Sarah Bjork-Johnarsdottir praises the maternity pay ruling as an achievement for future mothers

Sarah Bjork-Johnarsdottir has hailed her landmark maternity pay ruling as an achievement for ‘all women who will follow’, having received more than £72,000 in unpaid salaries from Lyon that were owed to her while pregnant.

Gunnarsdottir announced that she was expecting her first child in April 2021, and gave birth in November.

The Icelandic international has agreed with Lyon that she will return to her home country for the duration of her pregnancy, before returning to the French club after giving birth. However, Leon stopped paying her while she was in Iceland, claiming that they were following French law.

In May 2022, Gunnarsdottir He won a lawsuit against Lyon Through the FIFA Maternity Regulations. This entitles her to full pay throughout her pregnancy and until maternity leave begins. The regulations were introduced in January 2021, but Gunnarsdottir is the first player to win such a claim.

“I am proud of what I have achieved, not only for myself, but for all the women who will follow; all the players who are about to become mothers, who will not have to worry about their careers because they can use my example to ensure fair treatment,” Gunnarsdottir told FIFAPRO. – who played an instrumental role in introducing the regulations.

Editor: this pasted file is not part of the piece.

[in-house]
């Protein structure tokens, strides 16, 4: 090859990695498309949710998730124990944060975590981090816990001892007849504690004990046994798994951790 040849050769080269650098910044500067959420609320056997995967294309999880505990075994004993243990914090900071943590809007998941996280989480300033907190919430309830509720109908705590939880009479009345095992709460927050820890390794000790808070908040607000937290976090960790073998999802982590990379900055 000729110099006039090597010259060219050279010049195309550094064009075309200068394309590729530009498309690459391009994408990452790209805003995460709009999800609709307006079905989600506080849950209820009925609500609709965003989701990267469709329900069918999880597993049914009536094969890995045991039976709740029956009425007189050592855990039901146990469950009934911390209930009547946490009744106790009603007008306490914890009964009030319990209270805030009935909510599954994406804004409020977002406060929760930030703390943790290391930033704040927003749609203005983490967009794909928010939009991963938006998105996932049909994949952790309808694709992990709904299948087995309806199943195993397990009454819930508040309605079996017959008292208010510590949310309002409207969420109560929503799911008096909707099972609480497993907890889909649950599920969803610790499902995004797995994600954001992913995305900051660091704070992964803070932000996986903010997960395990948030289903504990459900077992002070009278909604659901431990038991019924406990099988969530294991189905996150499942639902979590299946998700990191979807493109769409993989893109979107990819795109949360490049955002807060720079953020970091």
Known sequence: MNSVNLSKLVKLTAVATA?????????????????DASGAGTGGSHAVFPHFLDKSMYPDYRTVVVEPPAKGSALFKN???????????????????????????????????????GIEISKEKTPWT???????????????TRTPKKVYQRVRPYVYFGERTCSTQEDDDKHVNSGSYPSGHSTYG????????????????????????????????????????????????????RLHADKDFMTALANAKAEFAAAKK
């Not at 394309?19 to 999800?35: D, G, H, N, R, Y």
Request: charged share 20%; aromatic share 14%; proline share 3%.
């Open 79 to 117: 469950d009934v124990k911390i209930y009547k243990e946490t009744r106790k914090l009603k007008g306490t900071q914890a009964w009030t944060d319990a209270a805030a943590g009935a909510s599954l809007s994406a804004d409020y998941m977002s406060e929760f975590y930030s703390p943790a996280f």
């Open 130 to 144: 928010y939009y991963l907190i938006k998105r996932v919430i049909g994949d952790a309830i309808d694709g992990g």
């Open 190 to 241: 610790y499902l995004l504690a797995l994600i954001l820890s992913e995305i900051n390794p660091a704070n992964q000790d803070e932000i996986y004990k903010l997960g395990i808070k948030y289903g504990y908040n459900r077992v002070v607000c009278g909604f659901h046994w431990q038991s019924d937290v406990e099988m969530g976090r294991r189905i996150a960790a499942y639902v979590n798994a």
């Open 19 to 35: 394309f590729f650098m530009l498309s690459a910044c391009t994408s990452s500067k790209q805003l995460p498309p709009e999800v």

“Even after my son was born, I felt hard because I wasn’t ready to leave a three-month-old baby overnight. My son’s presence brought so much joy to my teammates.”

Gunnarsdottir’s decision to share her story comes a week after Emma Mukendi spoke about her experiences on maternity leave and being a new soccer mum. This included initially pretending to have an injury because there were no maternity clauses in her contract, not being allowed to deliver her baby on site due to reading club policy, and having to pump breasts in a closet.

Mukandi was given eight months of full salary by Reading before returning to action in pre-season ahead of the 2022/23 campaign. The FA’s current maternity policy – agreed in January 2022 – gives new mums 14 weeks of full pay before returning to the statutory rate.

“In addition to winning the case, I am proud to be part of the conversation about motherhood in soccer,” Gunnarsdottir added. “It’s not just Leon who has to do better — but everyone. There has to be more preparation; it shouldn’t come as a shock when a young woman gets pregnant and wants to continue her career after the baby is born.”

“It’s not just about financial support. As a sport, we need to understand that pregnancy is not an injury – it’s an important part of life for a lot of people and clubs need to have a system in place to accommodate that.

The club must fully follow and support the player, not abandon him just so he can play again. If someone at Olympique Lyonnais had just reached out to me, giving me tips on how to train safely, and asking me how I felt, that would have made a world of difference.”

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